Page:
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I have the a dataframe(df) which has the data of a Job being executed at different time intervals. It includes the following details about the execution of a job:

  1. Job Start Time (START)
  2. Job End Time (END)
  3. Time Interval (interval) i.e., END - START.

A small part of dataframe is shown below.

Dataframe(df):

  END    |  START   |  interval
1423.0   |  1357.0  |    66.0
33277.0  |  33325.0 |   -48.0
42284.0  |  42250.0 |    34.0
53466.0  |  53218.0 |   248.0
62158.0  |  62073.0 |    85.0

I want to plot a graph with the x-axis as the timestamp and the y-axis with the interval. I tried to do it with the START time but it is not giving the correct result. How can we do this?

Code

fig_dims = (12, 10)
fig, ax = plt.subplots(figsize=fig_dims)

sns.lineplot(x = 'START', y = 'interval', data = df, ax = ax)

Output
enter image description here

Required Output
x-axis - Timestamp
y-axis - Interval

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  • $\begingroup$ What timestamp would a start value of 1357 be? $\endgroup$ – Oxbowerce Feb 24 at 12:58
  • $\begingroup$ It will be 1357 $\endgroup$ – Subhawna Feb 24 at 12:59
  • $\begingroup$ Then I am not exactly sure why the current plot is not what you want? The x-axis shows the values from 0 up to 1*10^9, which is the range of the START column, and the y-axis shows the interval, which can have both positive and negative values. $\endgroup$ – Oxbowerce Feb 24 at 13:13
  • $\begingroup$ Yes, I get it but this graph is not making any sense, is there a different way to plot this so that I can infer something? $\endgroup$ – Subhawna Feb 24 at 13:19
  • $\begingroup$ That completely depends on what you are trying to infer. Because you have such a long range of values that shift up and down quite a bit the line chart get compressed quite heavily using the default size. You could try increasing the size of plot (mainly the width), however you might end up with an extremely large plot before you can actually can see the individual line. $\endgroup$ – Oxbowerce Feb 24 at 13:22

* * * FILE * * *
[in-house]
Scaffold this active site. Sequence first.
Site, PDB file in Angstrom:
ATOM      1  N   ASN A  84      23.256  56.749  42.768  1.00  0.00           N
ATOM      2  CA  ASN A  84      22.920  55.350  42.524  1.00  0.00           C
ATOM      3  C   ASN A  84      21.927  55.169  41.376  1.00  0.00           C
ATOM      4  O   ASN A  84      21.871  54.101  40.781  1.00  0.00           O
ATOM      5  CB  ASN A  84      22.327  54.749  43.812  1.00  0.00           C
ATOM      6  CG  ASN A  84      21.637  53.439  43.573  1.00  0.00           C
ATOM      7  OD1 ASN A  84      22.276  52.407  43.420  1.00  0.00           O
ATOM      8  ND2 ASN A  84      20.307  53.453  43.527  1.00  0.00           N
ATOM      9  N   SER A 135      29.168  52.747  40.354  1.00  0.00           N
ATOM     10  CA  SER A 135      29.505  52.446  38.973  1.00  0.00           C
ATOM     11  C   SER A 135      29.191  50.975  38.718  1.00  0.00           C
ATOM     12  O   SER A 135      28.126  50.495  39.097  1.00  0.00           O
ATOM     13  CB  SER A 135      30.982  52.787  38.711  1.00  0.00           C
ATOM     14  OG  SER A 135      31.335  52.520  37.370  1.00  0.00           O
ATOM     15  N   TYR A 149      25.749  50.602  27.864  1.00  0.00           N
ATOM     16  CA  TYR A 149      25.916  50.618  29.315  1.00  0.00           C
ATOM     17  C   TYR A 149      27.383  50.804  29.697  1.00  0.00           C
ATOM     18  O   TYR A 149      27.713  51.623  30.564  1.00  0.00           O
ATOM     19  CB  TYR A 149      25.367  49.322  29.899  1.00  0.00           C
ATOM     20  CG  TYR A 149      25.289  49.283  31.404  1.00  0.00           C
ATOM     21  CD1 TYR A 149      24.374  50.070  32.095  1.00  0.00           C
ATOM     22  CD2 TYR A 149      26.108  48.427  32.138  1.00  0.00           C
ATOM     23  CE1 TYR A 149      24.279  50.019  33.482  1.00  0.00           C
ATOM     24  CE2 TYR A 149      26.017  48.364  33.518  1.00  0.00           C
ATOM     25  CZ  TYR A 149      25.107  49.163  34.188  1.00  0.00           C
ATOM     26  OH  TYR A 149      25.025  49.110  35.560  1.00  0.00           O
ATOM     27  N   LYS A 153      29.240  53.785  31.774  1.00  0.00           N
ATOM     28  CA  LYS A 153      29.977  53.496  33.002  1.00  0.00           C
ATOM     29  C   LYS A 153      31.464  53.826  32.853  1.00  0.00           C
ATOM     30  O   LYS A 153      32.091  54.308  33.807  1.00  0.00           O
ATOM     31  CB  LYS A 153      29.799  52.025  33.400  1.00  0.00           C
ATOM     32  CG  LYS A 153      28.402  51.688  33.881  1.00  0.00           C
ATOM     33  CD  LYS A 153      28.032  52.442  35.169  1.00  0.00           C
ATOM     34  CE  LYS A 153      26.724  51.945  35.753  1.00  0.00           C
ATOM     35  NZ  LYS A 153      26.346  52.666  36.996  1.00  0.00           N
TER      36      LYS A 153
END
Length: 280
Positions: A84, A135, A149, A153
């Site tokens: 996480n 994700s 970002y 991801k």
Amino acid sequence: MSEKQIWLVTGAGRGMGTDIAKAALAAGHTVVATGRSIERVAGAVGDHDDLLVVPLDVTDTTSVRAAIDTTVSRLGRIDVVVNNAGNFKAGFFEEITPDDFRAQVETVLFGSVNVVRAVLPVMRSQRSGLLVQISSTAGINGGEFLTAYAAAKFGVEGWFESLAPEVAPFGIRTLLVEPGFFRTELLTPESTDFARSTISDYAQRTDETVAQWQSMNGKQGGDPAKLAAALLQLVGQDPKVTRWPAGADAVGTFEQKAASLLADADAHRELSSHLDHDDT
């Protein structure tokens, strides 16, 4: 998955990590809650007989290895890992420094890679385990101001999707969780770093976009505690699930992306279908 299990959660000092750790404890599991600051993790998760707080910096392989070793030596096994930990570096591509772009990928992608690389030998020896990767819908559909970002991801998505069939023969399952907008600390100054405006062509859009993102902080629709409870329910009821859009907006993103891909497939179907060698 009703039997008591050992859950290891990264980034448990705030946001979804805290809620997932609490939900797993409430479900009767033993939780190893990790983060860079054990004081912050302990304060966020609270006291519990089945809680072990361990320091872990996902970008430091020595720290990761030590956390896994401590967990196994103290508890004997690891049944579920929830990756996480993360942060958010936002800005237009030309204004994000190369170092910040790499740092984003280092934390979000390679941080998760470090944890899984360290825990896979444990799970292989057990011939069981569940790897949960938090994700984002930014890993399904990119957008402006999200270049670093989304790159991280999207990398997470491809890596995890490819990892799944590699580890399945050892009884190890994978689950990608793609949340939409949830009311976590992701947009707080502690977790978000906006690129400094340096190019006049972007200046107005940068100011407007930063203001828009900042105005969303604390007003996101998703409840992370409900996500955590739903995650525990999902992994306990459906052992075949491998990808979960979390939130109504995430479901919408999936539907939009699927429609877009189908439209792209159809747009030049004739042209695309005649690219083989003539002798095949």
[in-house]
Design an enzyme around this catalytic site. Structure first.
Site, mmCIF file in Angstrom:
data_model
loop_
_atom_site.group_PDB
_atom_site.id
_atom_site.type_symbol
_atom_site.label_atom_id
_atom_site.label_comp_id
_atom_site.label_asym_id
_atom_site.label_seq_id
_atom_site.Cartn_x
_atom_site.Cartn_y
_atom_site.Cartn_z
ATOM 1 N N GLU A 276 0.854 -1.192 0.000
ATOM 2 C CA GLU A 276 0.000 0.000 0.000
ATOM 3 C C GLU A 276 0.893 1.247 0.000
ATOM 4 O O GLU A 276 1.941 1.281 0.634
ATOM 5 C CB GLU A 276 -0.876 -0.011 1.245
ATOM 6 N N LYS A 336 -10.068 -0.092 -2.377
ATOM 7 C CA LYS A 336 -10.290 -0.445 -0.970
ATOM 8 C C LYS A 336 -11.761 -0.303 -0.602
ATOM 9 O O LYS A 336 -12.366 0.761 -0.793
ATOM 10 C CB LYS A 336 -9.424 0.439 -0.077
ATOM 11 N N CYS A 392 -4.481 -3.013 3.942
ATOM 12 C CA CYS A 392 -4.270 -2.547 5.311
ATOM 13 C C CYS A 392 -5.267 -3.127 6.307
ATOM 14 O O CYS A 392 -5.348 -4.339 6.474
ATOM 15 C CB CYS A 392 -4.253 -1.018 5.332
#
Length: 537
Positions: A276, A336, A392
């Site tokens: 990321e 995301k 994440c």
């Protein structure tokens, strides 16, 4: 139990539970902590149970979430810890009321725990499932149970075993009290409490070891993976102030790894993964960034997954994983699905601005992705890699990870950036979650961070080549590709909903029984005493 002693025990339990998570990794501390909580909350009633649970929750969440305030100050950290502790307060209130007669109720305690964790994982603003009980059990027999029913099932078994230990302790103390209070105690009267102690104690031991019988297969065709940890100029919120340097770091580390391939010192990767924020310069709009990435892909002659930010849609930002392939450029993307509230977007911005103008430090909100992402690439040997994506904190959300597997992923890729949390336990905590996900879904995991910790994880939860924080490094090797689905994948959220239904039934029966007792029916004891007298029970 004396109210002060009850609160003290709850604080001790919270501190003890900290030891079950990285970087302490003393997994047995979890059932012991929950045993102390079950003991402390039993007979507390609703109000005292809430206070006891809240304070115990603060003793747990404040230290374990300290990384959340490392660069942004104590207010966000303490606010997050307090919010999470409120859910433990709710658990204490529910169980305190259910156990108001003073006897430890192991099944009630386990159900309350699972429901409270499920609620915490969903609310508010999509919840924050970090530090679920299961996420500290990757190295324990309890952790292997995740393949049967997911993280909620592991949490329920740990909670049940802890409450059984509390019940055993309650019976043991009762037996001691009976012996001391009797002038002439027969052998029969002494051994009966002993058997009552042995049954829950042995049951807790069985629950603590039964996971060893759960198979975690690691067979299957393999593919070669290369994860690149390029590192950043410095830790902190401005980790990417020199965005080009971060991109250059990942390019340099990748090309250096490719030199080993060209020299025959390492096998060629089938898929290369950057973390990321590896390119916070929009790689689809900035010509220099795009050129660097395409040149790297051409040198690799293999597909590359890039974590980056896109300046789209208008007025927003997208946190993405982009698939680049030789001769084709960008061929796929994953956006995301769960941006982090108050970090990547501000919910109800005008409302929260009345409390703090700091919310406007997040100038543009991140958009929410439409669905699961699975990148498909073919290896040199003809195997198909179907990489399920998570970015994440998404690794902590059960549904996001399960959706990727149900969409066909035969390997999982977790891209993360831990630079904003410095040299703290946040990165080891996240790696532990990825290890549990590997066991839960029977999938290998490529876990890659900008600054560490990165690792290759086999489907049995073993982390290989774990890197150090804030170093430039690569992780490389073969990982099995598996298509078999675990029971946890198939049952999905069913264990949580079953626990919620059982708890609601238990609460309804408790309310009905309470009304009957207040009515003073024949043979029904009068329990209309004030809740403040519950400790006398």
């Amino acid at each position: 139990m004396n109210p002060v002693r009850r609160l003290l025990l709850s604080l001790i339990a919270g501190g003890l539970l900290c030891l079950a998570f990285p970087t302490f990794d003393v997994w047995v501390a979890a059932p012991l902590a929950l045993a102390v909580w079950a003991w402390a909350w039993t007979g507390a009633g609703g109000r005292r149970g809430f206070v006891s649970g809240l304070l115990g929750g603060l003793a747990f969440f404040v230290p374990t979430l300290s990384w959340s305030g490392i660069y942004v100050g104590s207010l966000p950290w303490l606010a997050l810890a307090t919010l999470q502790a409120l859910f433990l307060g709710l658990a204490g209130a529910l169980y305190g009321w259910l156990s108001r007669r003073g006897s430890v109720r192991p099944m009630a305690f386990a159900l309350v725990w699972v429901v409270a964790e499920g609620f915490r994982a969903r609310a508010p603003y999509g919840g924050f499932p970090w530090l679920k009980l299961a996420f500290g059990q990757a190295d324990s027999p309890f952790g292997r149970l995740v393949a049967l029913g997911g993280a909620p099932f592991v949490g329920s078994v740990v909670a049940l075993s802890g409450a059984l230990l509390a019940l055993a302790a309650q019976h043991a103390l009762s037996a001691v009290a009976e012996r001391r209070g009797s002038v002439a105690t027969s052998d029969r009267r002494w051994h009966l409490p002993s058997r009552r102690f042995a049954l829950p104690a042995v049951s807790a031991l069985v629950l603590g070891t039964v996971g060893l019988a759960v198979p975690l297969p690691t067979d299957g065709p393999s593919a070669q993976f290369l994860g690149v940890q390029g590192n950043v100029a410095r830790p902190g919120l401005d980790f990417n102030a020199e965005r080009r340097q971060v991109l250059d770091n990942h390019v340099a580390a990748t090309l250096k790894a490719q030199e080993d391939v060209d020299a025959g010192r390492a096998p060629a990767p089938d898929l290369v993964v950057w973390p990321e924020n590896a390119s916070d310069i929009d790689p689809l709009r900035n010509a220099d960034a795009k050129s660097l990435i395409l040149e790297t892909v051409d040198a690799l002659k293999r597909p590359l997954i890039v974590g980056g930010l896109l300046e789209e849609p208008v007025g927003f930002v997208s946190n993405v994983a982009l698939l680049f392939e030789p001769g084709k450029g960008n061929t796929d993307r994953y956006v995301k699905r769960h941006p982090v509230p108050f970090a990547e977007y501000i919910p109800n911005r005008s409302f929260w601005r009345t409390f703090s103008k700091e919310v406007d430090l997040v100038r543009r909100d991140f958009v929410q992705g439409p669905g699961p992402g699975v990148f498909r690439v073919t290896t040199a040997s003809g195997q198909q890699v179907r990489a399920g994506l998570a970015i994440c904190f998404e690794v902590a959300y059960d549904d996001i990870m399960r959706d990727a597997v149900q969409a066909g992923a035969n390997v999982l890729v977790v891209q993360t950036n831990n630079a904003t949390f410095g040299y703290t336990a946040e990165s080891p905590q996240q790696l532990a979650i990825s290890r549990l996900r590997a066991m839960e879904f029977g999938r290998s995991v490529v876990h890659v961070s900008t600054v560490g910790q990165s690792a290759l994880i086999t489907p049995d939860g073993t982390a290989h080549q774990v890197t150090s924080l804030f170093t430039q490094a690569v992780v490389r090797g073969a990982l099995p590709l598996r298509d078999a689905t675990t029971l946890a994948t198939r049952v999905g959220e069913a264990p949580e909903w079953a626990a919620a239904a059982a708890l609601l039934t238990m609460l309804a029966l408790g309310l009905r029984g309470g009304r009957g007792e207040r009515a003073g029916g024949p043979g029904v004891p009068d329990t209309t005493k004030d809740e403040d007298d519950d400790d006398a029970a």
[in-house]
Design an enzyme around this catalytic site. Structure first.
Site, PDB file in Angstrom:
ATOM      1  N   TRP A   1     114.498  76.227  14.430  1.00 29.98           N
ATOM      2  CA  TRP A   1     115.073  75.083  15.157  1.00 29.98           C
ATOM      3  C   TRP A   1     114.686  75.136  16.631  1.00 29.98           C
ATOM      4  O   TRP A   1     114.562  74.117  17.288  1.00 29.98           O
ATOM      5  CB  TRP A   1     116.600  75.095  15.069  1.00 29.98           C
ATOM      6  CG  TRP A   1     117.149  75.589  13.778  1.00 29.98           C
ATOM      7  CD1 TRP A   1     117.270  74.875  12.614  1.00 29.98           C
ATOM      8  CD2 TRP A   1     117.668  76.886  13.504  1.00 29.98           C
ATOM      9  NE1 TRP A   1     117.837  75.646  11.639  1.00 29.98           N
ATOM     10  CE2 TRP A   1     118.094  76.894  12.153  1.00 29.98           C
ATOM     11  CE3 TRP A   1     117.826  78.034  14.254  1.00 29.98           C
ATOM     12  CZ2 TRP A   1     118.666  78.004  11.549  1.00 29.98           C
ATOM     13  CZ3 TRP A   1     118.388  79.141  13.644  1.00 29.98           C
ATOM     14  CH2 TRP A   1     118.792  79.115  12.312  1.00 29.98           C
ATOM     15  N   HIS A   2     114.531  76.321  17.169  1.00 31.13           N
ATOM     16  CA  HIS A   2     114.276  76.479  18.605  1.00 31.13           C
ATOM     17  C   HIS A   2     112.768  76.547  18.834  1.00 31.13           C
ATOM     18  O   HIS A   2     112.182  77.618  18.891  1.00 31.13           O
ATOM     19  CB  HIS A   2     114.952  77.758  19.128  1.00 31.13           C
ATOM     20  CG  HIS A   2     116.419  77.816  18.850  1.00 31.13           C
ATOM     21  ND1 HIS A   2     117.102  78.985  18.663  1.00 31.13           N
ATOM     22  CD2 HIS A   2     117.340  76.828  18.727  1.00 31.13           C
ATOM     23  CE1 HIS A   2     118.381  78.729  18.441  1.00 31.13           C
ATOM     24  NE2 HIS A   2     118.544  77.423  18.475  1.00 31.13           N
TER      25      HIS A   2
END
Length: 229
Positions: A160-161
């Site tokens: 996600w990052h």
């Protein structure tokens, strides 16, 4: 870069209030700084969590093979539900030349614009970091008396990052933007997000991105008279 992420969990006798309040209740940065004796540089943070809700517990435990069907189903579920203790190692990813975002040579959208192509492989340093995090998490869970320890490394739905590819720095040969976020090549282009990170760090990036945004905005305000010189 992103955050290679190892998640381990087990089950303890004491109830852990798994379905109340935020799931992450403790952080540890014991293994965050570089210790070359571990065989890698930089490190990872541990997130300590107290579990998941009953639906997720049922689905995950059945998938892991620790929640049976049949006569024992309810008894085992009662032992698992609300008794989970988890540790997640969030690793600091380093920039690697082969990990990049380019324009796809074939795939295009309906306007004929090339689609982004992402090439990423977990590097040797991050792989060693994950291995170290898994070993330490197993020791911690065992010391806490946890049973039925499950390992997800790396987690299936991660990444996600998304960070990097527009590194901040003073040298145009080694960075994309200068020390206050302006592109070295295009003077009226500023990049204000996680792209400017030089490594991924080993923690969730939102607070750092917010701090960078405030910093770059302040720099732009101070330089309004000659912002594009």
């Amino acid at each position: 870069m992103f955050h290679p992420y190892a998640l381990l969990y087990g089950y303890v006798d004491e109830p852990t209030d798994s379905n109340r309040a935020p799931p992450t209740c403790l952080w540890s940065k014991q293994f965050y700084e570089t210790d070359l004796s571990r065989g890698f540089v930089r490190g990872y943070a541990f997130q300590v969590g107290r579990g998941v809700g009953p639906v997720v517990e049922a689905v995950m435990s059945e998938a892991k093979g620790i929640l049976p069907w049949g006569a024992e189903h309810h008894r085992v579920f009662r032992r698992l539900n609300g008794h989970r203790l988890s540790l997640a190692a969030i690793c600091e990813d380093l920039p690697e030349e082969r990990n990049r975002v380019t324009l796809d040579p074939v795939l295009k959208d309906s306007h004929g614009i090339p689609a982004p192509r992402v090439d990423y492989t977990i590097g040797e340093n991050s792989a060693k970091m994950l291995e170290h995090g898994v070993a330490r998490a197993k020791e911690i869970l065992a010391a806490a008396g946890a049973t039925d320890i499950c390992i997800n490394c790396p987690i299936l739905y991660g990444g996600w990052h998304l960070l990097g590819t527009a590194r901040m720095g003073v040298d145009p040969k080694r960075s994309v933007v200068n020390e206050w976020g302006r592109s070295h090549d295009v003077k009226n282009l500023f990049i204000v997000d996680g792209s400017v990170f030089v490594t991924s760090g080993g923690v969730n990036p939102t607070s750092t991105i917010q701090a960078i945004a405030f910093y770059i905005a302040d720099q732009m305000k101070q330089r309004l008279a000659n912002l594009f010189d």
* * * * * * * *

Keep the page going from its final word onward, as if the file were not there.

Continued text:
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Some suggested alternative plotting methods to visualise this data:

  1. Histogram of the y-axis. Check the distribution of time intervals

    df.plot.hist(by='interval', bins=10) #test varying the bin size

  2. Plot smaller subsets of the data if the order is important e.g. df[:100].plot() furthermore, if there is periodicity in the data, e.g. daily, hourly etc. you could plot each hour on top of each other (in a different colour) to compare the differences between periods.

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  • $\begingroup$ Did this solve your problem? Let me know if you have any questions $\endgroup$ – WBM Feb 26 at 15:33
  • $\begingroup$ Otherwise please accept the answer $\endgroup$ – WBM Mar 4 at 10:10

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